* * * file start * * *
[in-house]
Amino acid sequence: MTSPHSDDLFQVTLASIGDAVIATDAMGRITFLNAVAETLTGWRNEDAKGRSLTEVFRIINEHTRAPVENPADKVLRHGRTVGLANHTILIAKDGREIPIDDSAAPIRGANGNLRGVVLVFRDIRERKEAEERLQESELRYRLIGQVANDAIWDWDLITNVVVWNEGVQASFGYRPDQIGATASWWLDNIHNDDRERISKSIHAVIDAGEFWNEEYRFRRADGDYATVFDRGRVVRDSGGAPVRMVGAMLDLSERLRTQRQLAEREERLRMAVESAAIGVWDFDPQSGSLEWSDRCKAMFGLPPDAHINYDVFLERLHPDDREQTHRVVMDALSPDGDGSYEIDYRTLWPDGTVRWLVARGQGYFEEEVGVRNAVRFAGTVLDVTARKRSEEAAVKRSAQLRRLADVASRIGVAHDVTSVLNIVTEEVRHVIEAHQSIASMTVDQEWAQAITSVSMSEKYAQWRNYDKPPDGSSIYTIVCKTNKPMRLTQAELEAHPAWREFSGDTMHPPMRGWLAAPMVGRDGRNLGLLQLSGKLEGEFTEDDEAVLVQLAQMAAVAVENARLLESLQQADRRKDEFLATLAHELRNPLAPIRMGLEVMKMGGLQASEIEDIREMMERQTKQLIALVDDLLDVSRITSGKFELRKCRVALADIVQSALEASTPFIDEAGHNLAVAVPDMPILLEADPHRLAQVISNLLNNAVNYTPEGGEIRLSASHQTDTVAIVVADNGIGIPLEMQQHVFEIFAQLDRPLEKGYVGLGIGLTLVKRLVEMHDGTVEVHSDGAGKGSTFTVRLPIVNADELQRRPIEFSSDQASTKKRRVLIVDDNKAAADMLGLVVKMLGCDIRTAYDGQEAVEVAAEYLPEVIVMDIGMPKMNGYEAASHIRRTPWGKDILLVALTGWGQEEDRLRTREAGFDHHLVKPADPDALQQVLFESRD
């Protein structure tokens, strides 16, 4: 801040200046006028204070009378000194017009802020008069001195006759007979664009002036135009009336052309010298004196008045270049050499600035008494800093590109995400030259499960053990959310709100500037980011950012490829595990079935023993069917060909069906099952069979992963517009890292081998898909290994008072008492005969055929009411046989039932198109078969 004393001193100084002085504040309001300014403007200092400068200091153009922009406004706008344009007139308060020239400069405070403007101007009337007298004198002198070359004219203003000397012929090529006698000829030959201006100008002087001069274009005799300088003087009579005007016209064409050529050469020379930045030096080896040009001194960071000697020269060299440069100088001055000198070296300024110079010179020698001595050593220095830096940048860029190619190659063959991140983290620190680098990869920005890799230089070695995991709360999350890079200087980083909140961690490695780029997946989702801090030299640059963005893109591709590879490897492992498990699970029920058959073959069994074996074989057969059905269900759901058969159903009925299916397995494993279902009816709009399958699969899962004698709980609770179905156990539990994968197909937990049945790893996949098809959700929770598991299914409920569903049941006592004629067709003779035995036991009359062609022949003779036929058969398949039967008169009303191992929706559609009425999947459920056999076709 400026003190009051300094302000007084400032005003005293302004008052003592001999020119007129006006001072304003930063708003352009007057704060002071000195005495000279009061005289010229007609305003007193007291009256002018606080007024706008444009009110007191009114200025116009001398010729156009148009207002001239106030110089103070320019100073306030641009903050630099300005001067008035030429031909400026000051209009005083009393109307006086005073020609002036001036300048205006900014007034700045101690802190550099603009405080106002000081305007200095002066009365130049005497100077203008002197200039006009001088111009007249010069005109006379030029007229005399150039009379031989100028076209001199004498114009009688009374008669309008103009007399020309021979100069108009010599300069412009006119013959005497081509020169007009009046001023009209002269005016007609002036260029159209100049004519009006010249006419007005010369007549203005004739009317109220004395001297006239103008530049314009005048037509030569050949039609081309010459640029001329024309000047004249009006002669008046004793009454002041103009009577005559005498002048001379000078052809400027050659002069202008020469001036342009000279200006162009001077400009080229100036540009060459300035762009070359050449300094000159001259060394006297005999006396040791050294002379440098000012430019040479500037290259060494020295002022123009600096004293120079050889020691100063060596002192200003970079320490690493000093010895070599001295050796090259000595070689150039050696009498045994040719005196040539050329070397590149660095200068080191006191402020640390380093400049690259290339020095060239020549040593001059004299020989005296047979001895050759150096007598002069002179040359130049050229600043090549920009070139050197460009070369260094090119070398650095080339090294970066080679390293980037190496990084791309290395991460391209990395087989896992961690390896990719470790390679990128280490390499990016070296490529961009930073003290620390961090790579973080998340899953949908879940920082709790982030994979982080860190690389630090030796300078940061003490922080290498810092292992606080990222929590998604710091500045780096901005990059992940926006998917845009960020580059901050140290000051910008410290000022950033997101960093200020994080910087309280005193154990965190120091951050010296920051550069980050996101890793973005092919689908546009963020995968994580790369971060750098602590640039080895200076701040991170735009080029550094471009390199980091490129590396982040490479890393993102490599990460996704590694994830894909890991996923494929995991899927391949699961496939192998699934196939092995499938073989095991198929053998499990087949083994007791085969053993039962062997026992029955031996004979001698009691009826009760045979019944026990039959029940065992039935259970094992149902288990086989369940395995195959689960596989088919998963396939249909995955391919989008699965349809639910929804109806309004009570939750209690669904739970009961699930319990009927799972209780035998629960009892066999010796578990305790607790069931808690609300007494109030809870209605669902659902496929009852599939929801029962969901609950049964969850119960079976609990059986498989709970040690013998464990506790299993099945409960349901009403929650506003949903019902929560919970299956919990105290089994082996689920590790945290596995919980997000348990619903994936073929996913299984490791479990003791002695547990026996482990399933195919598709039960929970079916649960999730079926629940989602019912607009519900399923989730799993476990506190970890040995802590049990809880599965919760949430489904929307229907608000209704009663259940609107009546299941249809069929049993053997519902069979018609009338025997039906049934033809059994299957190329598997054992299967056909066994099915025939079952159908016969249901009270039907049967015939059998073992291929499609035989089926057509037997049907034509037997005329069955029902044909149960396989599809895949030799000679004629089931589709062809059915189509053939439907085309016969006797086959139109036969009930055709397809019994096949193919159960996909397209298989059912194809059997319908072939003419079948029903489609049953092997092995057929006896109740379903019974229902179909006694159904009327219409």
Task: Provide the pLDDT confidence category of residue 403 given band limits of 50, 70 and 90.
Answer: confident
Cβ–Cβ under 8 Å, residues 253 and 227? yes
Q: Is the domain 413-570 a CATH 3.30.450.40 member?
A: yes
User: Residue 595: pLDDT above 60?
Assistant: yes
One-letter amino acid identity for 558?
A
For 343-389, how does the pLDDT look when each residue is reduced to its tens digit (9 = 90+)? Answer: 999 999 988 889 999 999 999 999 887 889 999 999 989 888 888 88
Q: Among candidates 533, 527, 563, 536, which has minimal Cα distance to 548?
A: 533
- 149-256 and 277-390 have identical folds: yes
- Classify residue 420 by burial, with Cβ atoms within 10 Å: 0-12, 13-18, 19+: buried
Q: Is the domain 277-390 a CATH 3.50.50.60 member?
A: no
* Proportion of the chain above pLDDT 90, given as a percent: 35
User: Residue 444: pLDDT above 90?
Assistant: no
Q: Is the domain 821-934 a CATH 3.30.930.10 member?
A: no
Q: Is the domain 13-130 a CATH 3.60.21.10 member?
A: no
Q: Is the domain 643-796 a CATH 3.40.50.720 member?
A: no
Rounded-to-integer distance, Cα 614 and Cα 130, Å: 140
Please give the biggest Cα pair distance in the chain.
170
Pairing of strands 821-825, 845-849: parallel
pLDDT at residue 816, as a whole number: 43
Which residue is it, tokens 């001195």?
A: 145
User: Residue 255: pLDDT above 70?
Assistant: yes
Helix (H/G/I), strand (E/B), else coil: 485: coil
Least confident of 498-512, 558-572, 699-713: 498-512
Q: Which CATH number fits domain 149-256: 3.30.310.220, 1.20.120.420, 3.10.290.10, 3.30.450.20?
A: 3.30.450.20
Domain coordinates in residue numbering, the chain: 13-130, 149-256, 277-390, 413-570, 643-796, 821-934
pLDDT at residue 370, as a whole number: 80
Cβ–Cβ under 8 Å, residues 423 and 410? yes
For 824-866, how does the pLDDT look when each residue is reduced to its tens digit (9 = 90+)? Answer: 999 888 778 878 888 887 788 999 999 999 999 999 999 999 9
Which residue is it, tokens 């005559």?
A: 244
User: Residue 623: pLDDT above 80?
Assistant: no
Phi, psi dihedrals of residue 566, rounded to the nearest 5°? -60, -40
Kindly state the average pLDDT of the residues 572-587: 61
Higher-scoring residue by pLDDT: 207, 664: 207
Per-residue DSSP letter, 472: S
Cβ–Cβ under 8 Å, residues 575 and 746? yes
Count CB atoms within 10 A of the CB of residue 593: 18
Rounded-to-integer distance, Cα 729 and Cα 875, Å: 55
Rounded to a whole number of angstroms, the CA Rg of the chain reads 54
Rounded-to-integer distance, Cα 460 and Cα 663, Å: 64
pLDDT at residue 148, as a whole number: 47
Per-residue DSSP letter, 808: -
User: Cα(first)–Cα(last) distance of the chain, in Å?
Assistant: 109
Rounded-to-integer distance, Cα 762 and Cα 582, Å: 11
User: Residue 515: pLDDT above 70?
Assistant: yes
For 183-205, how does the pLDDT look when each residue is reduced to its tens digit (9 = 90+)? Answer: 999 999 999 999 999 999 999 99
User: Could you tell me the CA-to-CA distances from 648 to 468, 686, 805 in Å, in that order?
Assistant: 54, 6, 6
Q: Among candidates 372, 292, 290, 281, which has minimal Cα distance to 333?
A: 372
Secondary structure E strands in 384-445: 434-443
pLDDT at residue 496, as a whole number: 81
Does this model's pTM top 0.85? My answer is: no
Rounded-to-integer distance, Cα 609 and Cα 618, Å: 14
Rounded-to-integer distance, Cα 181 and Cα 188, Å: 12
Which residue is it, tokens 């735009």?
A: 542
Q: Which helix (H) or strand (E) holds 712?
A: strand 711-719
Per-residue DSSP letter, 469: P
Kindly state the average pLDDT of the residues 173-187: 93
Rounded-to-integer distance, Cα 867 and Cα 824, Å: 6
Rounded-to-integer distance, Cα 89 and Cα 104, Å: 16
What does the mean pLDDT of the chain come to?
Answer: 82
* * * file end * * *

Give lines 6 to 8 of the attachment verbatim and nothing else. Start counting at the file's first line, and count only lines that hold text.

Cβ–Cβ under 8 Å, residues 253 and 227? yes
Q: Is the domain 413-570 a CATH 3.30.450.40 member?
A: yes